This is when a wine just doesn’t taste very good. It is harsh and acidic and has no fruit flavors whatsoever. Sometimes this can be because the wine is young, but often it can just be because it is poorly made and not “balanced.” Instead of saying Austere one could just as easily say the wine is harsh and tannic with no fruit flavors.
When a wine is chewy, it means the tannins are so strong they severely dry out your mouth, causing you to chew in order to create saliva and moisten up your mouth. Simply saying the wine is drying out your mouth, causing you to need to make more salivia, is saying the same thing.
When everything works together in harmony, the fruit flavors, acidity, level of oak, etc., the wine is said to be balanced. Usually this is based on individual taste. This is a very desirable quality. If someone tells you the wine is balanced, it is probably delicious.
When a wine is closed it means it is not showing its full potential. Maybe it didn’t decant long enough, or for some wines, maybe it was still too young to be drunk. An alternative would be to say you think the wine is not ready to be drunk yet.
This means the wine smells like poop. It is usually not a favorable descriptor. Since the wine smells like poop, might as well just say so.
When a wine is fat it is big and ripe and just sort of sits in your mouth without any acidity to help balance it. Fat wine is not a wine you want to drink.
The wine smells like dirt, leaves, and wood. It is also used to describe wines that have a finish that tastes similar to green vegetables.
When the wine is just over the top awesome. Rich, delicious, the bomb.
Used for white wines that were aged in oak. A wine that tastes buttery is creamy, so you can simply say you like buttery whites.
See creamy. When a wine has malo it has a buttery flavor. Many Chardonnays, especially from California, are said to have heavy malo.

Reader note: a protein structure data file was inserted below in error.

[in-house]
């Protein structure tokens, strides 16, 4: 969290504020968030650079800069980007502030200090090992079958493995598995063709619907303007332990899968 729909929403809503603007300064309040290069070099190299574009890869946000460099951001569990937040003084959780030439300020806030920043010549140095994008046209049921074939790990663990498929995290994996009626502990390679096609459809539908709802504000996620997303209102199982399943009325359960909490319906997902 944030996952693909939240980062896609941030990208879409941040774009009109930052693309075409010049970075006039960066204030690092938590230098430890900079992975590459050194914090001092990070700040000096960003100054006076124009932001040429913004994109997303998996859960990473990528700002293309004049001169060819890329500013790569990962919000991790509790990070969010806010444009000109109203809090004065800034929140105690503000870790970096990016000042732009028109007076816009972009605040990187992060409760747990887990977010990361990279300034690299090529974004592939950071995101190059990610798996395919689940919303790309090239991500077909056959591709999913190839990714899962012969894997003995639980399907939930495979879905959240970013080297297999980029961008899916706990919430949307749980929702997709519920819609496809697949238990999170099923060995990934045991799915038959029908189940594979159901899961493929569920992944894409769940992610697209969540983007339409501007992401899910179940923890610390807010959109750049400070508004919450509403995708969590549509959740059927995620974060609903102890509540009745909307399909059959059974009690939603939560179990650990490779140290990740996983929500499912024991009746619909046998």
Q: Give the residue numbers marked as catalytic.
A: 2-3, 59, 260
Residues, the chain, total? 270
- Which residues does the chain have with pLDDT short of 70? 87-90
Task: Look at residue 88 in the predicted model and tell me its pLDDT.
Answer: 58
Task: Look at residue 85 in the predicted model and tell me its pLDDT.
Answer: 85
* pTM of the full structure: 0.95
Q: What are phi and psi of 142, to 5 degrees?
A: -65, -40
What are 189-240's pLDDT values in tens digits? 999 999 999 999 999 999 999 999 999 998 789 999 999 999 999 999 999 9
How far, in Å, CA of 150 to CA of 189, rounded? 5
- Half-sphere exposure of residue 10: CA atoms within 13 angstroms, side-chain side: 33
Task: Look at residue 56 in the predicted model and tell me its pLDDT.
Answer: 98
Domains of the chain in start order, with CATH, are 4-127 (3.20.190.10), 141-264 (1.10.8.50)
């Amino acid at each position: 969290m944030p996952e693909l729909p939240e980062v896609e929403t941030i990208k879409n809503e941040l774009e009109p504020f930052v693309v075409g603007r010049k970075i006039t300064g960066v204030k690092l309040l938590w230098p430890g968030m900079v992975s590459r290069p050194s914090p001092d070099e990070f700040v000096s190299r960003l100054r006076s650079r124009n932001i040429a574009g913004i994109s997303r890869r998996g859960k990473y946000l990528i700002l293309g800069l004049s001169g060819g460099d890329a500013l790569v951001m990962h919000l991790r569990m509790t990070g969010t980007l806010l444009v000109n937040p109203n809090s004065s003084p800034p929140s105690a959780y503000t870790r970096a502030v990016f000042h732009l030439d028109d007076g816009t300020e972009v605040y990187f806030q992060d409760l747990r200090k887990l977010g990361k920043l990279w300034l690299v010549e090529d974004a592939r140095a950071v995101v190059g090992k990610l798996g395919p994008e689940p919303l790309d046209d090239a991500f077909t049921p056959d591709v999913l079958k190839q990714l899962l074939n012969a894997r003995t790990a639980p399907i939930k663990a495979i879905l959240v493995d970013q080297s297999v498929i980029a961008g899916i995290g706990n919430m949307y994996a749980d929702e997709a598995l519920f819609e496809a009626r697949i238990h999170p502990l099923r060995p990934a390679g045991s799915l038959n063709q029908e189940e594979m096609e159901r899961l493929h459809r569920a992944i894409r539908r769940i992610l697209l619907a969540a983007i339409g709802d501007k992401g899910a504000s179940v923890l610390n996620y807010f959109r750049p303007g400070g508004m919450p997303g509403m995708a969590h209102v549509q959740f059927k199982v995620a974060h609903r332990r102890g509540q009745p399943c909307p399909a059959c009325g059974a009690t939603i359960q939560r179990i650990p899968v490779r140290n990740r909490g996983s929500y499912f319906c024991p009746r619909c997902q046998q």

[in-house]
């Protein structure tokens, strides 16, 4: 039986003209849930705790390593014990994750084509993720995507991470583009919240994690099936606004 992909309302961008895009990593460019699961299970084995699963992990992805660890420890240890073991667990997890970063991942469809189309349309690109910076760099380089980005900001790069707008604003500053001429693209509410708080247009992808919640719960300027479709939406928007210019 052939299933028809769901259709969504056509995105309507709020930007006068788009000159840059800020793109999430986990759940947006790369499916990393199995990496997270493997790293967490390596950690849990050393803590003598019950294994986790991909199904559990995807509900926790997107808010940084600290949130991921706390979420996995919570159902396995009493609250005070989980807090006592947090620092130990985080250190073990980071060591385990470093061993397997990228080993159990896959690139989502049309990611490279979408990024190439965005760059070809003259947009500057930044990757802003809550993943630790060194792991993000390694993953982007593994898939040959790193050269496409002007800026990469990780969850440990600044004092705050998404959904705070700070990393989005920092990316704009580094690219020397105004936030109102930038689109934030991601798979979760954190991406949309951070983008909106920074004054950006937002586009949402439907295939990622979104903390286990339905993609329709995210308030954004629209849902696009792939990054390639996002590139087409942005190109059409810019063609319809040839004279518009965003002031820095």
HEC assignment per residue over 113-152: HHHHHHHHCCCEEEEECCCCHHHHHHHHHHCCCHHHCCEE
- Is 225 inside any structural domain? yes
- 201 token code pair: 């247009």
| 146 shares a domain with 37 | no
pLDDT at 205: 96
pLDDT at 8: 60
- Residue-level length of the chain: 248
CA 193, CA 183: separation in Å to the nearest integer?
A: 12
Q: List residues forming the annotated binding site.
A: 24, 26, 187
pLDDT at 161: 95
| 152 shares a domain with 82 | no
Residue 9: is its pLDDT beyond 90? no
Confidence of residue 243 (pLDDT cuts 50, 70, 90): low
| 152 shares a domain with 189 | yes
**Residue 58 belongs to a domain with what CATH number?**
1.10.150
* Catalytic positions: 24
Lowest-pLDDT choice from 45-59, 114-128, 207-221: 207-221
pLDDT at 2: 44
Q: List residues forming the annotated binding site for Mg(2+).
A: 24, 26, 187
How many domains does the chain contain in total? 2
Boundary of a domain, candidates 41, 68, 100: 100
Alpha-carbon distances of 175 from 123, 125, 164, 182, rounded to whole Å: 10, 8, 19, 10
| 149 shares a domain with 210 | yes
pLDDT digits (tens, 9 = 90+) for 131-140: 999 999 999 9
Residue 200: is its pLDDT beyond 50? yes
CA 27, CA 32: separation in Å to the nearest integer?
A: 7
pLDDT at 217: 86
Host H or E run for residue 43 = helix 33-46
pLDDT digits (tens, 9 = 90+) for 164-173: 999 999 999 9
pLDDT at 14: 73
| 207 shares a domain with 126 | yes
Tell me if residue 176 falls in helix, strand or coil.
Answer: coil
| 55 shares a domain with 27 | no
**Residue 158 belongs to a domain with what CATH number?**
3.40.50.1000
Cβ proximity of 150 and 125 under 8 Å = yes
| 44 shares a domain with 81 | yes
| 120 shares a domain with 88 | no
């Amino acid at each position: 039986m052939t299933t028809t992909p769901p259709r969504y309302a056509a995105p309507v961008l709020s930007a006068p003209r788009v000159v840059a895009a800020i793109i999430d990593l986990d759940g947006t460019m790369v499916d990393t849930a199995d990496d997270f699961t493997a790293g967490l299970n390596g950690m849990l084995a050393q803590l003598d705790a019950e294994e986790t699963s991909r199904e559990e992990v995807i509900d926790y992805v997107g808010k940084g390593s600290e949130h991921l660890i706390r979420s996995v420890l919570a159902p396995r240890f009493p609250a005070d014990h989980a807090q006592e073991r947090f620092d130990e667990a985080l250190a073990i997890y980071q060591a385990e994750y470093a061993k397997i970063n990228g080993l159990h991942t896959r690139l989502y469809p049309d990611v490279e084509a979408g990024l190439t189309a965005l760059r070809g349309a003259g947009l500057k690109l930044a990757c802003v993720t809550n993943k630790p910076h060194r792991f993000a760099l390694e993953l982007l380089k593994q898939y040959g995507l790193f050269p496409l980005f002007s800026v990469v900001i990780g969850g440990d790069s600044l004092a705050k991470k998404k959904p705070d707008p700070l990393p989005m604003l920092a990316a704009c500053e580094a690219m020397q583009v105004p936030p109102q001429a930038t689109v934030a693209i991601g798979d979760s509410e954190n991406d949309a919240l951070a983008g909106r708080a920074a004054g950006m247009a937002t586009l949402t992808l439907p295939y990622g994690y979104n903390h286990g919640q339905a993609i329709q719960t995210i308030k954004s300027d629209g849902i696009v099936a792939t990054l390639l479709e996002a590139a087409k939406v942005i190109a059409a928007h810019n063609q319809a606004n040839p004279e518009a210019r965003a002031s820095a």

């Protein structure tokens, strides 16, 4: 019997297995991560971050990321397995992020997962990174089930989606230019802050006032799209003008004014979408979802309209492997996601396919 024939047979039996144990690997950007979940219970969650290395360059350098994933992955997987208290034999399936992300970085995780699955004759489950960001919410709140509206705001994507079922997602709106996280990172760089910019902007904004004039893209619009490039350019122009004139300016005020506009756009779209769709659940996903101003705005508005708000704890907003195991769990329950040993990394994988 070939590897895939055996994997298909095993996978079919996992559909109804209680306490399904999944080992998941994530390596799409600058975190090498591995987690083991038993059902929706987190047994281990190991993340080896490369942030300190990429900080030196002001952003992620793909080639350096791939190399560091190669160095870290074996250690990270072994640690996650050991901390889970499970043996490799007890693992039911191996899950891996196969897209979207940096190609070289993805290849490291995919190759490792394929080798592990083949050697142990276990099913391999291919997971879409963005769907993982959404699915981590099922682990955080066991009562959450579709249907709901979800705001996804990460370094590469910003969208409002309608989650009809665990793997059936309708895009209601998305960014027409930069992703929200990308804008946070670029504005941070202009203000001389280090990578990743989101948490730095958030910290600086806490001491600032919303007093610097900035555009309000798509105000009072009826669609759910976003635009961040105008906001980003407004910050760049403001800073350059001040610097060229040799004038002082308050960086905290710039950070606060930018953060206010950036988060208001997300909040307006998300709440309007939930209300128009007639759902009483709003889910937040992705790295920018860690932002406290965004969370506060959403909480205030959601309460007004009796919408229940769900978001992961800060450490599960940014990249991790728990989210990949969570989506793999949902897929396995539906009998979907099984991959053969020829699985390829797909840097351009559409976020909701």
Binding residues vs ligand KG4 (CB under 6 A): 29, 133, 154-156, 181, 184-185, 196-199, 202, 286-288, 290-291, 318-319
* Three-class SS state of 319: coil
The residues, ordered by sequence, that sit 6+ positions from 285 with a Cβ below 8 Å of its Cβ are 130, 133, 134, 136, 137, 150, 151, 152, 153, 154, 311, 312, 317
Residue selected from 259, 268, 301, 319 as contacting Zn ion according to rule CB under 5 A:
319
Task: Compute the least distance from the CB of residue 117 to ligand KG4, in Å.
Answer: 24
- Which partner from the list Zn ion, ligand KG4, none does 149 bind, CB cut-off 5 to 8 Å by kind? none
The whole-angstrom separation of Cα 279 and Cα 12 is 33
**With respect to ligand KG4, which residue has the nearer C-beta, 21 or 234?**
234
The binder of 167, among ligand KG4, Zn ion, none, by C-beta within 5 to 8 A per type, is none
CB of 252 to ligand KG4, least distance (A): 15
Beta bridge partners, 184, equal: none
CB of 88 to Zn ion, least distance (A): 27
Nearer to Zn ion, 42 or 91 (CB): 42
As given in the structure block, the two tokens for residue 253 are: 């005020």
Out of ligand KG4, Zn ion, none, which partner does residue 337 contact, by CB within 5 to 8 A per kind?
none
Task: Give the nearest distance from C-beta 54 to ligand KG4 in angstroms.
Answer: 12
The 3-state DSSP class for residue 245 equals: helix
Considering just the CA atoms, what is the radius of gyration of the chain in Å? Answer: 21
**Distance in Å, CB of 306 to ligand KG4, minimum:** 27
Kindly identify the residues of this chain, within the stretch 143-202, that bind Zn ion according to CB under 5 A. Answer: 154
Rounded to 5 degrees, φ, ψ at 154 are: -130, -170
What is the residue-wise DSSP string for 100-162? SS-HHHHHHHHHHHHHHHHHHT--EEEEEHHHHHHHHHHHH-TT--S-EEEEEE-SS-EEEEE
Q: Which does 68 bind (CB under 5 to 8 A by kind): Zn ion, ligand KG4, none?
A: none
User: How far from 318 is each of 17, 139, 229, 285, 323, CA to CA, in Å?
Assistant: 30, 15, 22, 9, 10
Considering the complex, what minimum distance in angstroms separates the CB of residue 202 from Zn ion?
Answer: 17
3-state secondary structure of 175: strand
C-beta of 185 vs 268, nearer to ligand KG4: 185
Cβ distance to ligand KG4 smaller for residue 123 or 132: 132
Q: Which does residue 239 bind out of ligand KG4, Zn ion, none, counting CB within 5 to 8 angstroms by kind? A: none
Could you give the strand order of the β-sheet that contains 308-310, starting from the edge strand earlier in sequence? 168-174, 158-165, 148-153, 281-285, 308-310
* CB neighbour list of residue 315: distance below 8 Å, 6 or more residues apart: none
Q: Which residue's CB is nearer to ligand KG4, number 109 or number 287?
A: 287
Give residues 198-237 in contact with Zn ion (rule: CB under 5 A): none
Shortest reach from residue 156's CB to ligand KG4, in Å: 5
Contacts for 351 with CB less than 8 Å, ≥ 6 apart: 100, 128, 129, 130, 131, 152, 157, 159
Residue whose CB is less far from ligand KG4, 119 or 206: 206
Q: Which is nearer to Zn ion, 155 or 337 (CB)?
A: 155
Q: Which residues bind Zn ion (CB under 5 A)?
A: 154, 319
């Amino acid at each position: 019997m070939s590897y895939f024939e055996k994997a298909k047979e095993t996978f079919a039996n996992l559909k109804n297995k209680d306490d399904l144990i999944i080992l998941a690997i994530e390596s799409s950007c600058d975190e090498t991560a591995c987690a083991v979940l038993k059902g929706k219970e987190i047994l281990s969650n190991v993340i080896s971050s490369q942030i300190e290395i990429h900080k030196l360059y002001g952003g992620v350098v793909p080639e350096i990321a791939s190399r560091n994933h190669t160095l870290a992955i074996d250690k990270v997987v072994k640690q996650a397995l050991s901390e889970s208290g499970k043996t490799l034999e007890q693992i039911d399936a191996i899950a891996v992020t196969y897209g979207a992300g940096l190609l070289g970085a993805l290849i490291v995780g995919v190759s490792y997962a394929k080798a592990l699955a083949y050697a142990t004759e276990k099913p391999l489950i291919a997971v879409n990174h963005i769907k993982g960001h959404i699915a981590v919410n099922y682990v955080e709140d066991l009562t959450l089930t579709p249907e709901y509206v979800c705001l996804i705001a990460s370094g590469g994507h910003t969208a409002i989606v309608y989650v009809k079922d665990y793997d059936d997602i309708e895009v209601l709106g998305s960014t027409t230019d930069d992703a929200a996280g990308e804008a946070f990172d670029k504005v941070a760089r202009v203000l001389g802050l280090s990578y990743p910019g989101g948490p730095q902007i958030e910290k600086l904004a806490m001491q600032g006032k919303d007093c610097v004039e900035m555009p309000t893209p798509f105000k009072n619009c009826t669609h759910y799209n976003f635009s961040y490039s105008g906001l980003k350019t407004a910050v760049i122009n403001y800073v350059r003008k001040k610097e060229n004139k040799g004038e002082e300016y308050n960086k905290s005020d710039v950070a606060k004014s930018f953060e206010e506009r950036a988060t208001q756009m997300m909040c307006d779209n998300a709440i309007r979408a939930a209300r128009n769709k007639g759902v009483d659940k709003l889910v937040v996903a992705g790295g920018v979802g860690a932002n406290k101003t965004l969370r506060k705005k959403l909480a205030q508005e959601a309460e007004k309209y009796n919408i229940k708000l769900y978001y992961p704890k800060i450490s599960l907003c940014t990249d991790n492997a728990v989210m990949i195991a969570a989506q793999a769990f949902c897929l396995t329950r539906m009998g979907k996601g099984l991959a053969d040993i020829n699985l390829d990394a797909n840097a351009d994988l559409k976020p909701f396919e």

Another word for saying the wine has a lot of strong tannins. It is a wine that dries your mouth out the second you take a sip — definitely a wine that would need to be drunk with food.
Robert Parker‘s favorite word. Wines that just blow you away. Parker likes hedonistic, but you can just say the wine is damn amazing.
The wine is too high in alcohol—you can literally smell the alcohol vapors.
If a wine feels thin in your mouth, almost watery, they are said to be lean.
Think the smell and taste of wet rocks. It is actually pretty difficult to pick out, and it is unclear if people actually taste it, or they just think they do. More often you’ll hear people say a wine has a nice minerality when that wine happens to come from a region known for imparting this characteristic in the wine, such as the Graves region of Bordeaux.
Wines that have intense fruit flavors are said to be jammy. Many US wine drinkers love jammy wines because we associate the word with a berry sweetness, like cherry pie filling.
Another Parker word. When he calls a wine ponderous, he means it makes you think too much. It is too trying to enjoy. You could also just say, I don’t like this wine, there’s too much going on.
Wines that spend too much time in oak. Smelling them is like smelling a 2×4 or the sawdust on a woodshop floor. Woody wines overpower the smell of the fruit and are not desirable.
A desirable characteristic in wine. Wines that are smooth, easy to drink, luscious and delicious. You could just as easily say you want to bathe in it. Think of George Costanza wanting to be draped in velvet.
When a wine tastes the way the majority of wine tasters think the grapes used to make that wine should taste. It is the fancy way of saying this Merlot tastes like really well made Merlot.